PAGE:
Mariucci took the young Canadian around campus, to the rink, to a fraternity party. Nanne liked what he saw. Before returning to Canada, Nanne registered for classes in the pre-dental program.
“Back home my dad said, ‘Did you like it?’ I said I did. He said, ‘Well, we’ve got to talk about it,’ and I told him I already signed,” Nanne said, with a broad smile. “He said, ‘What do you mean you already signed?’ I said, ‘Dad, they’ve got no snow, and I went to nine movies, and they’ve got a dental school.’”
Business and the blue line
There were adjustments to be made to life in the United States, and in college, to be sure. When the Gophers’ equipment manager asked Nanne if he was a freshman, the newbie was unfamiliar with that term. “No, I’m Italian,” Nanne answered. And there was another time when he needed Mariucci’s help to unregister for a class, after Nanne inadvertently signed up for the school’s ROTC program (which was obviously not open to Canadian students).
"I went to the Nicollet Hotel, which had no air conditioning, so I slept in the tub for four days, in cold water. They had all the theaters downtown, so I’d go to movies at 6, 8 and 10, three days in a row.”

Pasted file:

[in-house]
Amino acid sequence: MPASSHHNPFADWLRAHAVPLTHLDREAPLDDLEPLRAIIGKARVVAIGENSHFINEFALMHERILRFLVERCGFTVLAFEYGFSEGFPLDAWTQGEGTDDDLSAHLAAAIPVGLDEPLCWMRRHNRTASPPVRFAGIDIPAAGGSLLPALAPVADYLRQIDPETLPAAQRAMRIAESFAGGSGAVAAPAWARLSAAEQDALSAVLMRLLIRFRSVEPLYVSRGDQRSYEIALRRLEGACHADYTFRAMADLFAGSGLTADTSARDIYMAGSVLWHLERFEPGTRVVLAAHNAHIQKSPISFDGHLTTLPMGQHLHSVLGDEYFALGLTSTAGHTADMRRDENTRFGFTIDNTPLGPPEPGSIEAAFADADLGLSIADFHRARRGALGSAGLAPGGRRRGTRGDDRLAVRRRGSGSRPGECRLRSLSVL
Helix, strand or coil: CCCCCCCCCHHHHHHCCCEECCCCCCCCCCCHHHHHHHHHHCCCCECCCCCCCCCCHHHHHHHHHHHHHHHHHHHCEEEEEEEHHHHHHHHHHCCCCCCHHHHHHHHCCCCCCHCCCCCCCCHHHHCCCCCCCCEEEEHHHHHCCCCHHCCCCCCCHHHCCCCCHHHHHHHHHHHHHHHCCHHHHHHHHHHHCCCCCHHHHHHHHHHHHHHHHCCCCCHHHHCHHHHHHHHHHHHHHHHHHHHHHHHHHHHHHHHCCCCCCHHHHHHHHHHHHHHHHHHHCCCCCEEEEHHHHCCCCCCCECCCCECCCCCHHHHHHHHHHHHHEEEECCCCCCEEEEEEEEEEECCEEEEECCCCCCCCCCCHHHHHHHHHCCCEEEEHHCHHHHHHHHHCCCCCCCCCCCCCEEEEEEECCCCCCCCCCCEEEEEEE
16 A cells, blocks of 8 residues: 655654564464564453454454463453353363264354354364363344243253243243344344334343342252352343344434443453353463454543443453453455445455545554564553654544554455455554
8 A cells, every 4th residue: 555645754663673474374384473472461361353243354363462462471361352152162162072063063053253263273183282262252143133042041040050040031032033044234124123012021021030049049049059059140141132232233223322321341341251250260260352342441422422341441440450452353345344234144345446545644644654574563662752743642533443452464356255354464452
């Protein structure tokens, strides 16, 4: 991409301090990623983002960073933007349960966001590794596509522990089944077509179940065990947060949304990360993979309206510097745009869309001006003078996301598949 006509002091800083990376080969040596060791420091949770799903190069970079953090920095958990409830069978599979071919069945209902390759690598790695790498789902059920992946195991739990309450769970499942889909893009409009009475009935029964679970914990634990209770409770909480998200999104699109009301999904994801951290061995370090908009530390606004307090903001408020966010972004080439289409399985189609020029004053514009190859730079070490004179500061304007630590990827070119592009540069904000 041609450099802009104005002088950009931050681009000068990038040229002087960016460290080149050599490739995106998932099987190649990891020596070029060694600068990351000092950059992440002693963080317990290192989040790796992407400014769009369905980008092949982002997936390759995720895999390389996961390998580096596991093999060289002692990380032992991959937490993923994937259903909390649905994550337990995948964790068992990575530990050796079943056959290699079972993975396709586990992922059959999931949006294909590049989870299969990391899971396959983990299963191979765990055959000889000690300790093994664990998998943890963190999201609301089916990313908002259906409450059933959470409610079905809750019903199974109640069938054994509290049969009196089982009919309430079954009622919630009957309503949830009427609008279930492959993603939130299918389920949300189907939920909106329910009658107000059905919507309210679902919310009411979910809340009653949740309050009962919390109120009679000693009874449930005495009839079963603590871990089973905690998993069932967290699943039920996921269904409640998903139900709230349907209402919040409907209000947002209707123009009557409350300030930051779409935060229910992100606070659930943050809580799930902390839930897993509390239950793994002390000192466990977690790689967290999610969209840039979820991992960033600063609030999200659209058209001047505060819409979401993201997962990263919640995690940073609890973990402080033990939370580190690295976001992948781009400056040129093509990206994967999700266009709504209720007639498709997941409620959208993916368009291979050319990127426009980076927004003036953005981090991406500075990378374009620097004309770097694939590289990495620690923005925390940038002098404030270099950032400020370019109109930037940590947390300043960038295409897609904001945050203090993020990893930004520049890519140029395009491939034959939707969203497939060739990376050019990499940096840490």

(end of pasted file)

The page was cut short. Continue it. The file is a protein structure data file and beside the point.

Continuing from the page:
- Lou Nanne
While Lou’s name is emblazoned on the players’ lounge at their home rink for the generous donations the Nanne family has made to Gophers hockey, you will find no record of him in the dental school.
“I was in the pre-dental program for two quarters,” Nanne said. “I took biology, and dissected a frog. I took the pins out of the frog, the frog jumped out of the pan and I said, ‘That’s it, I can’t do this s---.’”
It is worth noting that Nanne has a brother, an uncle and two nieces who are dentists, as was his late son Michael, who passed away nearly a decade ago of a brain tumor at age 48.